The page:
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Silver again as fortune turns against the US

Updated: 2014-02-22 07:57
By Reuters in Sochi, Russia ( China Daily)

American Julie Chu has four times stood on the ice, listened to Canada's national anthem and watched the Maple Leaf raised to the roof while the United States' great rival celebrated an Olympic women's ice hockey gold medal.

Three times Chu has had to settle for Olympic silver and once for bronze, the gold medal always just beyond her grasp.

But never before had Chu and her teammates come so close to reaching the top of the podium as they did on Thursday, when Canada stormed back from 2-0 down with fewer than four minutes to play to claim a 3-2 overtime win and turn the American Olympic dream into a Sochi Winter Games nightmare.

 Silver again as fortune turns against the US

Canada's Marie-Philip Poulin celebrates with her gold medal during the women's ice hockey medal ceremony at the Bolshoy Ice Dome plaza during the Sochi Winter Olympics on Thursday. Jonathan Nackstrand / Agence France-Presse

"It is tough because I think we played a pretty good game," said a surprisingly composed Chu, a silver medal hanging unloved from her neck. "I think I will need a little bit of time just because of how raw the game was, how up and down emotionally it was."

A hit post, a deflected Canada goal and a poorly-timed penalty, it seemed as if the hockey Gods were upset with the Americans in the cruel manner of the defeat.

Marie-Philip Poulin's gold medal-clinching goal came on a powerplay in overtime, while Brianne Jenner had earlier sparked the Canadian comeback with a shot that ricocheted off the knee of American defender Kacey Bellamy.

But the most cruel twist of all came late in the third period.

With the score at 2-1, the US bench on its feet ready to celebrate and the Canadian net empty in favor of an extra attacker, Kelli Stack cleared the puck from her end and watched it glide the length of the ice before softly glancing off Canada's goal post.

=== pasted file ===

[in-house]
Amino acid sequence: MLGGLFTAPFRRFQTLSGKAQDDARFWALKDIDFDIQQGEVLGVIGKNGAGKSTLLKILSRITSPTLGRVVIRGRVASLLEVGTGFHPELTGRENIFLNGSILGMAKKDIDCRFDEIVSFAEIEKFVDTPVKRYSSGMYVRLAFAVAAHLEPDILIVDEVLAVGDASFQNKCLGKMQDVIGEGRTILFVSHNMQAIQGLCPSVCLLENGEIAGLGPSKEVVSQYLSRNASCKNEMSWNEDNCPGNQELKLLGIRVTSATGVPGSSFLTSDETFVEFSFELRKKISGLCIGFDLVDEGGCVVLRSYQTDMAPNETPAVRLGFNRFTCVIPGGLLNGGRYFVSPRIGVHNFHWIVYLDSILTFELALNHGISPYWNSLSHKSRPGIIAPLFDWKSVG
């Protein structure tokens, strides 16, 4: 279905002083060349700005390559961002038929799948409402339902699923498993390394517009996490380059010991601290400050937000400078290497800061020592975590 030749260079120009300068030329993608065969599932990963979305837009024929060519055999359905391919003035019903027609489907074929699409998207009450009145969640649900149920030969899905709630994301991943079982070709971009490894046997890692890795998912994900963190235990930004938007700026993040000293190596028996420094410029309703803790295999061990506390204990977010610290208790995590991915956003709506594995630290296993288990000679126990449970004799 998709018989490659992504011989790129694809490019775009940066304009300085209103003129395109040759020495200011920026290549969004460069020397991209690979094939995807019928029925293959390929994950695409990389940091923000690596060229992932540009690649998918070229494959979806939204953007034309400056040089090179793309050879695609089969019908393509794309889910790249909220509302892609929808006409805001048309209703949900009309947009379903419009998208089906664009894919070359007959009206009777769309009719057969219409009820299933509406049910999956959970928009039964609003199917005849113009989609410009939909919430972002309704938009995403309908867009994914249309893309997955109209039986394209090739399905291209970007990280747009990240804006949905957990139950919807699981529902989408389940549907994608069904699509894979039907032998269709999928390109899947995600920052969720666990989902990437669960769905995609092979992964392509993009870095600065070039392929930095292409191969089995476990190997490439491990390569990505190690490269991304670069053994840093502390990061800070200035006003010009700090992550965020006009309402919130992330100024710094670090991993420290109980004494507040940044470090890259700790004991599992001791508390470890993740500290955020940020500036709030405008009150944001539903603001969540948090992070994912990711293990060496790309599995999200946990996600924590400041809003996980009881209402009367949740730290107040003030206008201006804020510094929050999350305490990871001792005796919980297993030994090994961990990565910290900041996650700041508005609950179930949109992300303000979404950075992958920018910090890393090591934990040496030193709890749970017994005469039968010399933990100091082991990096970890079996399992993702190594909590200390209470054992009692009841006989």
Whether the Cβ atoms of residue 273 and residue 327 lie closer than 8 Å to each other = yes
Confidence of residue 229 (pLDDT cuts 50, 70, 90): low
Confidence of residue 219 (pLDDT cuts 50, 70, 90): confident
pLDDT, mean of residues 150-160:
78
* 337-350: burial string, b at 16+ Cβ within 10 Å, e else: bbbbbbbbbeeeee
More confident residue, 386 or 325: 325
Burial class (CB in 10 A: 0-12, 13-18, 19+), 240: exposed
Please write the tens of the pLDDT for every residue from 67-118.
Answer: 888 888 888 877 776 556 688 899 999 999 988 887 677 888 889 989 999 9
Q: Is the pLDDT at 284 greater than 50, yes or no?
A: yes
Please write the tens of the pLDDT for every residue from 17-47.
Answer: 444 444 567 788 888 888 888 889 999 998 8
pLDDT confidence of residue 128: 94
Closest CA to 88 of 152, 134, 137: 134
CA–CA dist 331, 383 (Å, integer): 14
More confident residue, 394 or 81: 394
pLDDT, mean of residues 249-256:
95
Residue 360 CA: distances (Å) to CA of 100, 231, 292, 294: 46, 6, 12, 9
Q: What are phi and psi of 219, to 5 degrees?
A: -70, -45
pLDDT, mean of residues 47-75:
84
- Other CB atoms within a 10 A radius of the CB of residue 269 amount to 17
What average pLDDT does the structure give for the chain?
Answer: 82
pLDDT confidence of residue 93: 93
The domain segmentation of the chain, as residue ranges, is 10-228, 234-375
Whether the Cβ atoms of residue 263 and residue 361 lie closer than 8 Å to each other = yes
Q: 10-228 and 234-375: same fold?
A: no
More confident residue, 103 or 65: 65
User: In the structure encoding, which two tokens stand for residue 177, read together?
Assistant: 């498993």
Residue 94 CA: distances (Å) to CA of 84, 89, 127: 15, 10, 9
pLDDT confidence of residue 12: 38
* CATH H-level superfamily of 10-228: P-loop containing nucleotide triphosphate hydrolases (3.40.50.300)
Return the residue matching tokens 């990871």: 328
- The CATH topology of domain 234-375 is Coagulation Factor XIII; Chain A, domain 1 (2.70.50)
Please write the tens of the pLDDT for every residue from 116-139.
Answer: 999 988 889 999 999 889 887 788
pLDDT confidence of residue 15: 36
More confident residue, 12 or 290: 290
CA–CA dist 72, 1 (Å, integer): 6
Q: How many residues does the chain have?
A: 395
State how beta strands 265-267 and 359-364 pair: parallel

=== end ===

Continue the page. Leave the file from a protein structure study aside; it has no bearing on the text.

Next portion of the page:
Moments later the puck was in the back of the American net, Poulin notching her first of the game with 55 seconds to play.

"I could tell it was going to hit the post from where I was but honestly it just wasn't meant to be," said Stack, fighting to hold back tears. "If it had been an inch to the right it would have went in and we would have won the gold medal.

"When pucks don't bounce your way you just got to know it wasn't meant to be and we live to fight another day.

"To think that an empty net goal would have been a game-winning goal is like crazy to think about.

"This is the worst feeling in the world, I don't know if I will ever enjoy it the way I want to," said Stack, her voice softly trailing off into a whisper.

For 56 minutes the Americans played as if the Sochi gold medal was their destiny.

But in the final four minutes the lucky bounces turned bad and the Americans' fate was sealed.

"When you lose the last game of the season when you have come all this way you are going to be disappointed, especially when it feels like it has been ripped from you," said Hilary Knight. "We had some unfortunate bounces that didn't go our way but that is hockey."

While luck played a role in helping Canada claim its fourth consecutive Olympic women's ice hockey gold medal, the team never lost hope despite being kept out by American goalie Jessie Vetter for the game's first 56 minutes.

The win was a testament to the Canadian team's commitment to each other and an intense program that sees many of the women leave their jobs to spend months together for training.

"We worked hard for this but we never expected to leave it this late," said Poulin.

"It was tough for sure. With five minutes to go we were down by two. It was hard but we never gave up. From the coaching point, they trusted us and we trusted them. We went there as a team and won as team."

(China Daily 02/22/2014 page15)